- Slate. A journalist’s guide to tweeting during a crisis. Good thoughts by Jeremy Stahl.
- OJR. ‘Think before you act’ and more rules for journalists on Twitter. by Steve Fox.
Case-Studies: Articles about verification projects or processes at other newsrooms and organizations.
- Columbia Journalism Review on Storyful: “Unknown Quantities: How social network verification can show us what we don’t know.” by Craig Silverman.
- GigaOm on the BBC’s verification desk: “Future of Media: Curation, Verification and News as a Process.” by Mathew Ingram
- Storyful. “Journalism, social media & verification.” A Google Hangout.
- Patrick Meier on five case studies: “Information Forensics: Five Case Studies on How to Verify Crowdsourced Information from Social Media.” An expanded 20 page paper with case studies and tips.
- Josh Stearns: “Lessons From the Fake New York Times Wikileaks Op-ed” a Storify of tips and links on how to spot fake websites and more.
- The Atlantic: “Sorting the Real Sandy Photos From the Fakes.” By Alexis Madrigal and team.
- Andy Carvin: “Israeli weapons In Libya? How @acarvin and his Twitter followers debunked sloppy journalism.” A Storify documenting Andy’s process.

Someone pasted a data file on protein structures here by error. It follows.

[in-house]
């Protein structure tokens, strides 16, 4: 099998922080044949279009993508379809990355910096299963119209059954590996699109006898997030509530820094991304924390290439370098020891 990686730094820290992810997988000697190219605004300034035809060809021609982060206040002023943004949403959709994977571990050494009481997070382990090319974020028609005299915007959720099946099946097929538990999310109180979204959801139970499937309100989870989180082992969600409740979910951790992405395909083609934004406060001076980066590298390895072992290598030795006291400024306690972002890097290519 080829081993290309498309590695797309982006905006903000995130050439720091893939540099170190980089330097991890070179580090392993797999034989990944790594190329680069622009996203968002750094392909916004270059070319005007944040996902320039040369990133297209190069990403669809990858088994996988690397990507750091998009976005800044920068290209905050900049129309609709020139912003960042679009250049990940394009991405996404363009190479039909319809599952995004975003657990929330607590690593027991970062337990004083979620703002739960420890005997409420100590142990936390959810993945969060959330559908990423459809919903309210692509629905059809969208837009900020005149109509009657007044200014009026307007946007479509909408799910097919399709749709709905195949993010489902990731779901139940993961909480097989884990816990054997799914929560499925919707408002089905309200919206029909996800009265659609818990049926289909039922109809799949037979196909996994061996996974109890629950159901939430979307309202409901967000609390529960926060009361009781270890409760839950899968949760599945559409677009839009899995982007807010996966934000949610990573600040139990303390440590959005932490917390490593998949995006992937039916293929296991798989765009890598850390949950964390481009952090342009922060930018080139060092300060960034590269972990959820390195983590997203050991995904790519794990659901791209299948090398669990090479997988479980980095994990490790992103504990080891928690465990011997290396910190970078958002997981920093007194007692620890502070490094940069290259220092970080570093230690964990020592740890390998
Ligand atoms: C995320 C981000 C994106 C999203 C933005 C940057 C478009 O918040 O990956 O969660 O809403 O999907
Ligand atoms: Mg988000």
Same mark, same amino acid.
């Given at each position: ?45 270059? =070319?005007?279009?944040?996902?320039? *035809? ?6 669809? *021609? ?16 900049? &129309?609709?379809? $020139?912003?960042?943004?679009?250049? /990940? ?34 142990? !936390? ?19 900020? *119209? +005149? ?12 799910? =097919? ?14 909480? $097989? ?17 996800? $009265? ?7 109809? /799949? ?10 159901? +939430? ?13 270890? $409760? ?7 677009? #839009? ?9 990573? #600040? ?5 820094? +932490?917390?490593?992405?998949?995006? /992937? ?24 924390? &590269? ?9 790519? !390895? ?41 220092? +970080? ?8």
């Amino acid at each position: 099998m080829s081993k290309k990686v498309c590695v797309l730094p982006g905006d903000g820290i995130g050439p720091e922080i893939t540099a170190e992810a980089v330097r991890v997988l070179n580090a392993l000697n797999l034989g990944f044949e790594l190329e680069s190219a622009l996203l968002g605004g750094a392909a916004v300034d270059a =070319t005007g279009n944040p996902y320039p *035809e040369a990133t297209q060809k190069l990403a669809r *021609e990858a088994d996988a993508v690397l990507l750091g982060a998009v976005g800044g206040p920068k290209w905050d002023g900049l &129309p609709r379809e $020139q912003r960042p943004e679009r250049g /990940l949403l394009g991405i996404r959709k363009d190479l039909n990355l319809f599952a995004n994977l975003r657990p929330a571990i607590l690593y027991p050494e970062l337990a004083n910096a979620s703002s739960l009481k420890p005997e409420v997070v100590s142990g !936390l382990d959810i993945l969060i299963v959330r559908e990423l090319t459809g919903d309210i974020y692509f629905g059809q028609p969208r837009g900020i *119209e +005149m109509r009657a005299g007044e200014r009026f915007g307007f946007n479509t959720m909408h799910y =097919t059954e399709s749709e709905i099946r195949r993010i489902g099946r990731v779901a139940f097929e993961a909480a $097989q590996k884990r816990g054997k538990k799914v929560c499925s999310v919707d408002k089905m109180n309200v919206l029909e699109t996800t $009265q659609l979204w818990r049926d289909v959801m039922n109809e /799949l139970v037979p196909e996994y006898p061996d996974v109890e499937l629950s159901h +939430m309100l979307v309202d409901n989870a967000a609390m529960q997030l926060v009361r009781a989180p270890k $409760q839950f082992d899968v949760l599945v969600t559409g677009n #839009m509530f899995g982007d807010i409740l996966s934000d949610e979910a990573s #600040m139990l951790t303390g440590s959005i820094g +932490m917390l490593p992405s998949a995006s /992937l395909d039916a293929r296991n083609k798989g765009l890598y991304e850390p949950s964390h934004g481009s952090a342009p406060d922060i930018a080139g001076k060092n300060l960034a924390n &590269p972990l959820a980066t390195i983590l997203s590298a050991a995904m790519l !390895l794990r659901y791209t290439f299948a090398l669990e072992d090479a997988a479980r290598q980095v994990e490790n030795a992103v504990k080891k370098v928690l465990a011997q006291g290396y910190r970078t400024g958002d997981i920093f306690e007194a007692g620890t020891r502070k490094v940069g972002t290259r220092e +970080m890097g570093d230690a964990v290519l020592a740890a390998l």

- BreakingNews.com: “A look at how we confirm stories in real time.” by Cory Bergman.
- BreakingNews.com: “How We Balance Speed with Rumor Control” by Cory Bergman.
- Poynter. “How CNN’s iReport verifies its citizen content.” By Craig Silverman.
- Poynter. “Editor Fergus Bell explains how AP verifies user-generated content from Sandy to Syria.” By Craig Silverman.
- Poynter: “How should journalists handle incorrect tweets?” by Mallary Tenore a review of a livechat held after the Tucson shooting.
- CJR: “Meet Andy Carvin, verification machine.” By Craig Silverman.
Discussions and Studies: Good debates about verification and studies that explore key aspects of this work.
- “Verification As A Strategic Ritual: How journalists retrospectively describe processes for ensuring accuracy.” By Ivor Shapiro, Colette Brin, Isabelle Bédard-Brûlé and Kasia Mychajlowycz (behind a paywal).
- IsTwitterWrong – A Tumblr detailing a long litany of fact-checks and debunking of images and “news” that gained traction on the site.
- “How many fake Sandy pictures were really shared on social media?” a data driven look at the spread of fakes by Jean Burgess, Farida Vis and Axel Bruns in the Guardian.
- Poynter: “In real-time journalism, declaring what you won’t report can be just as important as what you will.” By Craig Silverman
- GigaOm: “It’s not Twitter — this is just the way the news works now.” By Matthew Ingram. On the misinformation that flowed out of Sandy Hook during and after the shooting.
- Dan Gillmor’s entire book Mediactive discusses this issue, but his chapter on “Principles of Trustworthy Media Creation” is particularly good.
- NiemanLab: “Truth-o-Meter, 2G: Andrew Lih wants to wikify fact-checking” By Megan Garber
- CJR: “The Challenge of Verifying Crowdsourced Information: A better way to sift through a river of data” by Craig Silverman.